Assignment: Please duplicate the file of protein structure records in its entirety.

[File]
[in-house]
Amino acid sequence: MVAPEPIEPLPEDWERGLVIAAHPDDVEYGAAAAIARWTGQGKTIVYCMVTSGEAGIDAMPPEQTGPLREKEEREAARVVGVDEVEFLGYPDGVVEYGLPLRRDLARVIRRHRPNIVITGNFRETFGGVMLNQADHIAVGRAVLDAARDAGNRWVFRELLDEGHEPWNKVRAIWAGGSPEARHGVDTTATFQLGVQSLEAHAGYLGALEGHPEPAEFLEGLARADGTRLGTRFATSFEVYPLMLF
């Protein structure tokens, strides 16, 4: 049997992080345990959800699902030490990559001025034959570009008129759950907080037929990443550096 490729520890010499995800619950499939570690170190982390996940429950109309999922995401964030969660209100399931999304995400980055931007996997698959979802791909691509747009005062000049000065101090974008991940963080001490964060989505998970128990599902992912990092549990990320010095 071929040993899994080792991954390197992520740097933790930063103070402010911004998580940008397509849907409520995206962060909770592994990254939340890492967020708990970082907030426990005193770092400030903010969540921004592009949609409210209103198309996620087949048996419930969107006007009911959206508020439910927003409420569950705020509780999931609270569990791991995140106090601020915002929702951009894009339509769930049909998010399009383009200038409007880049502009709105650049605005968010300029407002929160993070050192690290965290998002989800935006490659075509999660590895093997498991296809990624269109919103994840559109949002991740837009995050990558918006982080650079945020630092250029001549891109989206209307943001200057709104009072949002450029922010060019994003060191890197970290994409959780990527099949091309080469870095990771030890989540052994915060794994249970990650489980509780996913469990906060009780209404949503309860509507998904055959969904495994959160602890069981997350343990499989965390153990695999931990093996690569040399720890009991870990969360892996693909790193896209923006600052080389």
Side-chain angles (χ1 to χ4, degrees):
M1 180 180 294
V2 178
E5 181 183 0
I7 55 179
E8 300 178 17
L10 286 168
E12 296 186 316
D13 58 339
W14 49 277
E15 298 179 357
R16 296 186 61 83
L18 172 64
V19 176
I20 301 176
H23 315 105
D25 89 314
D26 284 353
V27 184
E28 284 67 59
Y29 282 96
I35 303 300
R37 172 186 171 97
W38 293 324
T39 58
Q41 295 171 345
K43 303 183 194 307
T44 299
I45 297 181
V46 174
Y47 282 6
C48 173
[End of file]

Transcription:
[in-house]
Amino acid sequence: MVAPEPIEPLPEDWERGLVIAAHPDDVEYGAAAAIARWTGQGKTIVYCMVTSGEAGIDAMPPEQTGPLREKEEREAARVVGVDEVEFLGYPDGVVEYGLPLRRDLARVIRRHRPNIVITGNFRETFGGVMLNQADHIAVGRAVLDAARDAGNRWVFRELLDEGHEPWNKVRAIWAGGSPEARHGVDTTATFQLGVQSLEAHAGYLGALEGHPEPAEFLEGLARADGTRLGTRFATSFEVYPLMLF
């Protein structure tokens, strides 16, 4: 049997992080345990959800699902030490990559001025034959570009008129759950907080037929990443550096 490729520890010499995800619950499939570690170190982390996940429950109309999922995401964030969660209100399931999304995400980055931007996997698959979802791909691509747009005062000049000065101090974008991940963080001490964060989505998970128990599902992912990092549990990320010095 071929040993899994080792991954390197992520740097933790930063103070402010911004998580940008397509849907409520995206962060909770592994990254939340890492967020708990970082907030426990005193770092400030903010969540921004592009949609409210209103198309996620087949048996419930969107006007009911959206508020439910927003409420569950705020509780999931609270569990791991995140106090601020915002929702951009894009339509769930049909998010399009383009200038409007880049502009709105650049605005968010300029407002929160993070050192690290965290998002989800935006490659075509999660590895093997498991296809990624269109919103994840559109949002991740837009995050990558918006982080650079945020630092250029001549891109989206209307943001200057709104009072949002450029922010060019994003060191890197970290994409959780990527099949091309080469870095990771030890989540052994915060794994249970990650489980509780996913469990906060009780209404949503309860509507998904055959969904495994959160602890069981997350343990499989965390153990695999931990093996690569040399720890009991870990969360892996693909790193896209923006600052080389």
Side-chain angles (χ1 to χ4, degrees):
M1 180 180 294
V2 178
E5 181 183 0
I7 55 179
E8 300 178 17
L10 286 168
E12 296 186 316
D13 58 339
W14 49 277
E15 298 179 357
R16 296 186 61 83
L18 172 64
V19 176
I20 301 176
H23 315 105
D25 89 314
D26 284 353
V27 184
E28 284 67 59
Y29 282 96
I35 303 300
R37 172 186 171 97
W38 293 324
T39 58
Q41 295 171 345
K43 303 183 194 307
T44 299
I45 297 181
V46 174
Y47 282 6
C48 173